Nesjavellir to Hveragerði: A Hiking Adventure an Hour from Reykjavík

nesjavellir hike

It was recently the First Day of Summer, a holiday in Iceland where kids get presents and Icelanders flock outside in the hopes of catching some rays. It’s a tricky time of year in a lot of ways, equally likely to still have snow storms as bright, sunny days. It’s certainly a time of year when I’m itching to go for a hike, to go on the inaugural trip of what is hopefully many summer adventures.

Because the time of year can be a little tricky, I wanted to go on an overnight hike that felt like a real hike, but would still be manageable if the weather turned for the worse. I’d known for a long time that you can actually walk from Nesjavellir, a popular hiking area between the south coast of Þingvallavatn Lake and Hengill mountain, to Hveragerði, with a stop at the popular Reykjadalur hot springs along the way. But I’d never actually gotten around to it until this year. 

Who is this hike for?

Clocking in at around 20 km [12.5 mi] each way (some 5 to 6 hours of straight walking), this is a great hike for people who want an experience that really looks and feels like the highland, while still being able to sleep in a hotel at night, have a shower, and eat a dinner that hasn’t been freeze-dried. While trails like Laugavegur and Fimmvörðuháls are without doubt beautiful and worth doing, they can only be safely hiked in the proper high season. They are also harder to access, requiring transport by highland bus to either Þórsmörk or Landmannalaugar. I found this walk to be a great compromise of beautiful views, rewarding walking, and convenience. And while you still need proper gear like hiking boots, a day pack, a wind- and water-proof shell, water, hiking socks, and so on, you can ditch the tent and sleeping bag if you’re staying in Hveragerði, meaning that you save on weight. This makes for a much more comfortable hike, though if you want to save money and bring a tent and sleeping bag, Hveragerði does also have an easily accessible campground.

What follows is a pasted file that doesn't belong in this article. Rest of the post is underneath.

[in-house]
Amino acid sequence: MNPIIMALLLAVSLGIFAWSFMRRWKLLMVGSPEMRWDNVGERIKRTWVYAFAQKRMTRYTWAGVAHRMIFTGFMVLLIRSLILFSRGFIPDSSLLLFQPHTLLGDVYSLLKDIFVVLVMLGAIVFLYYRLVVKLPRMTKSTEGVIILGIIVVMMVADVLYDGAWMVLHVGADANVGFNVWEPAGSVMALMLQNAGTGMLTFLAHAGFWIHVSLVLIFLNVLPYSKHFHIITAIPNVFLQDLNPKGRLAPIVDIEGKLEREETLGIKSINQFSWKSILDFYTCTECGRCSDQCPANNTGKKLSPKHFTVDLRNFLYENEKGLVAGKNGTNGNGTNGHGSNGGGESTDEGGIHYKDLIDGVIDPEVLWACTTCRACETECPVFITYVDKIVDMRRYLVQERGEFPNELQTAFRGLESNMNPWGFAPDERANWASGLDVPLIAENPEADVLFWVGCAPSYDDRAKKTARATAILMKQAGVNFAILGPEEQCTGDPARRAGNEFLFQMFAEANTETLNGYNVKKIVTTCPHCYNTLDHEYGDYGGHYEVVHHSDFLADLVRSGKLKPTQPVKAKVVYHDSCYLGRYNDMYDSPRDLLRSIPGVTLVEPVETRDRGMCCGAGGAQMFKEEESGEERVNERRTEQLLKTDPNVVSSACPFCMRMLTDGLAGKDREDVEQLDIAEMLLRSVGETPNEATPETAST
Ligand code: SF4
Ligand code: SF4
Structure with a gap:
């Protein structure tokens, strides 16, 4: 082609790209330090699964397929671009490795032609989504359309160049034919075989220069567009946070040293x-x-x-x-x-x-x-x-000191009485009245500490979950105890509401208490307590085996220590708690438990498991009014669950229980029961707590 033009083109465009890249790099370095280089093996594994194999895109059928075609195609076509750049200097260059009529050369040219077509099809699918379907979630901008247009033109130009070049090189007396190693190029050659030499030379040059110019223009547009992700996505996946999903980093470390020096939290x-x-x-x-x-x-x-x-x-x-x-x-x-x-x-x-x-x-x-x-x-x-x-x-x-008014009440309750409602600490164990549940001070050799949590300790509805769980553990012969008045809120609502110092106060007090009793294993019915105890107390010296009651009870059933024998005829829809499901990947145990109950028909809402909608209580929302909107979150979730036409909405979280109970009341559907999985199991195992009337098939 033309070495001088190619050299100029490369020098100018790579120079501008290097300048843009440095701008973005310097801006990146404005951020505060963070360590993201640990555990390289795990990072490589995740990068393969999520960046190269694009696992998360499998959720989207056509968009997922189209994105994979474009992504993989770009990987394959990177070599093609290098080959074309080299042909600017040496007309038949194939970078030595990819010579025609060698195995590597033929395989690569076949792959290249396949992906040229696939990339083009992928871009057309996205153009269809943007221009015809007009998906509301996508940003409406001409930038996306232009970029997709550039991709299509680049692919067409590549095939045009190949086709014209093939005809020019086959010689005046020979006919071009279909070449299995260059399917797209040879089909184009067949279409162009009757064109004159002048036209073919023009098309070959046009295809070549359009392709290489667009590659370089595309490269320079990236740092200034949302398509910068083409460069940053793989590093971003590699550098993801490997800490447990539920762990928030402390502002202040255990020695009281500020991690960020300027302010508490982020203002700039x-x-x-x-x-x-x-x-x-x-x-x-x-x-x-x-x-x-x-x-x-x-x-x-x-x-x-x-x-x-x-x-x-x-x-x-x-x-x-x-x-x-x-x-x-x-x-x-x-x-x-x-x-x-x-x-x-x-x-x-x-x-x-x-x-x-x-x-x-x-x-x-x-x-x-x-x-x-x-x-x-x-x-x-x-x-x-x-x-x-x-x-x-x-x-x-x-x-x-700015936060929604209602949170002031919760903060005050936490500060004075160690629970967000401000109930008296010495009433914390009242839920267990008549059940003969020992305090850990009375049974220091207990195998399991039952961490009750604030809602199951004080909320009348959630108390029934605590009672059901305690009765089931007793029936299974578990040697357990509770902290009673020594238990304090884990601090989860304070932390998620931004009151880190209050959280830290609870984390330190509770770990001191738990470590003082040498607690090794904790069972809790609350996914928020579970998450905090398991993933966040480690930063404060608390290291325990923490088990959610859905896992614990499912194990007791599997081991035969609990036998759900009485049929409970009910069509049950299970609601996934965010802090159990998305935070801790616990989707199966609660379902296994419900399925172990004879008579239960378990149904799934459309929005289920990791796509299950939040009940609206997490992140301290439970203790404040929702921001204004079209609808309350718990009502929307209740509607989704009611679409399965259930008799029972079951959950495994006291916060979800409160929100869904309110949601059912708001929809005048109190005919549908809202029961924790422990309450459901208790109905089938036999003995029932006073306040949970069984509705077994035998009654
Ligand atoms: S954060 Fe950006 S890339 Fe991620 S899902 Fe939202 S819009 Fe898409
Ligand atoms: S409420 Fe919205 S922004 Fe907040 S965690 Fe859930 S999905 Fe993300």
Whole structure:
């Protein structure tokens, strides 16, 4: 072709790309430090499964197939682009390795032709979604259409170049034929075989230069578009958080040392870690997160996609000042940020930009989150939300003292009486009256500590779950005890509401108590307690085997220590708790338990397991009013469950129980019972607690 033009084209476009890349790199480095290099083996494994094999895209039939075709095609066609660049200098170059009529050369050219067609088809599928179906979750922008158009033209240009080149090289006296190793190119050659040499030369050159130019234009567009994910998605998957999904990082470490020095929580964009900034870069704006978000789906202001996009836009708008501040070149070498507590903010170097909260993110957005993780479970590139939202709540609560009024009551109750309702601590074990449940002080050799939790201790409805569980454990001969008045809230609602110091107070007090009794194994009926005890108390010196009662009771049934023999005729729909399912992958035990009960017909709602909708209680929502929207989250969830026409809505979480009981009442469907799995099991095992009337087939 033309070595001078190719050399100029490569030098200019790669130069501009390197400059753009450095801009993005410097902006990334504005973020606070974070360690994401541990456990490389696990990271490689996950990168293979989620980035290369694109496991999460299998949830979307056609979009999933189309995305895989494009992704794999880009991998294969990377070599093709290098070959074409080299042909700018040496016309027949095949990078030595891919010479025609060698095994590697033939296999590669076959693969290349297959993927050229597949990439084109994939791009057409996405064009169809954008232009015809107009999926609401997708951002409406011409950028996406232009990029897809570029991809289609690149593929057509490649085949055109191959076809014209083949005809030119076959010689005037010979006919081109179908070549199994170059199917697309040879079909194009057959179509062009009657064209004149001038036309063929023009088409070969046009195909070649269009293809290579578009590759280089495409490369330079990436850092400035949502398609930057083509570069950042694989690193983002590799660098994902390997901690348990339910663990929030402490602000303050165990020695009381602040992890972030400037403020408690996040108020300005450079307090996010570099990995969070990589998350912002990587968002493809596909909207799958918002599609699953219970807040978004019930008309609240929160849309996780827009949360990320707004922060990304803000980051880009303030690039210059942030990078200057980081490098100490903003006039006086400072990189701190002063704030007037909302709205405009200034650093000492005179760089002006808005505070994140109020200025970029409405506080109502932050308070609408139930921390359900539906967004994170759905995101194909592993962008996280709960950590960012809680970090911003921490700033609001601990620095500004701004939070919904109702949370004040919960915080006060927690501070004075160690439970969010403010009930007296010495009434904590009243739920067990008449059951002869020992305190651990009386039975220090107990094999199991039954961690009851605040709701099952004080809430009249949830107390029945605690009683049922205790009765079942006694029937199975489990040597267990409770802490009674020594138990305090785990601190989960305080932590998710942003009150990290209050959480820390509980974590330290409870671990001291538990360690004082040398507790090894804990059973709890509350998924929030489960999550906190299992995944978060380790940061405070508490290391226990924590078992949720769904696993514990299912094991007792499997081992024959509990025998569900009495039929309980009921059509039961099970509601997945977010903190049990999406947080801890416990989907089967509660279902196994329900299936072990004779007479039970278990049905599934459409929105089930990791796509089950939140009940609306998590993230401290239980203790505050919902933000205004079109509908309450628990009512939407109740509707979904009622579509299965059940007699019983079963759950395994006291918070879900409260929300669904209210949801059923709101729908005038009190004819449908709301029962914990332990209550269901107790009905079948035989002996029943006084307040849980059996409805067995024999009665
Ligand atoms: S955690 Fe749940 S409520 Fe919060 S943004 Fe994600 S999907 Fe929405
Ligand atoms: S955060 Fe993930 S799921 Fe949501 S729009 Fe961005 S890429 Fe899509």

A caveat, however: Because we hiked early in the season, the snow was still melting up in the mountains, making the trail extremely muddy. It was probably a more difficult hike for us than it otherwise would have been, and for the preservation of the trail, I wouldn’t recommend hiking here until at least late May.

Getting to Nesjavellir

Nesjavellir is a popular hiking area for many capital area residents. It’s a part of the mountains (including Hengill) that separate the South Coast from the Þingvellir area. There’s a dense network of trails in this area, so it’s also entirely possible to just do a quick day hike here as well.

Best deals on renting a car in Iceland

 

We drove east from Reykjavík along Route 36, as if we were driving the Golden Circle towards Þingvellir. Near the lake, we turned onto road number 360, which took us to the south coast of the lake. Below you’ll find embedded a map of the route we took to get to the trailhead.

If you are driving from Reykjavík, you will see a small parking lot to the left of the road. There’s a sign that says camping is forbidden, but leaving your car here isn’t a problem.

The name of this particular hike is Kattatjarnarleið, and the navigation I used was the Alltrails app, which allows you to download topographical maps – very useful when hiking in areas with poor reception and few available maps.

nesjavellir hike
The drive to Nesjavellir is also a beautiful one, takng you along the south coast of Lake Þingvellir.

Day 1: Nesjavellir to Hveragerði

The trail begins in some fields that are overlooked by some vacation houses (the area is a popular weekend escape for Reykjavík residents). You’ll follow a stream for some time, and within 30 minutes of walking or so, you’ll have to wade across a shallow river. Nothing too daunting – though it did take us a minute to find a suitable path across.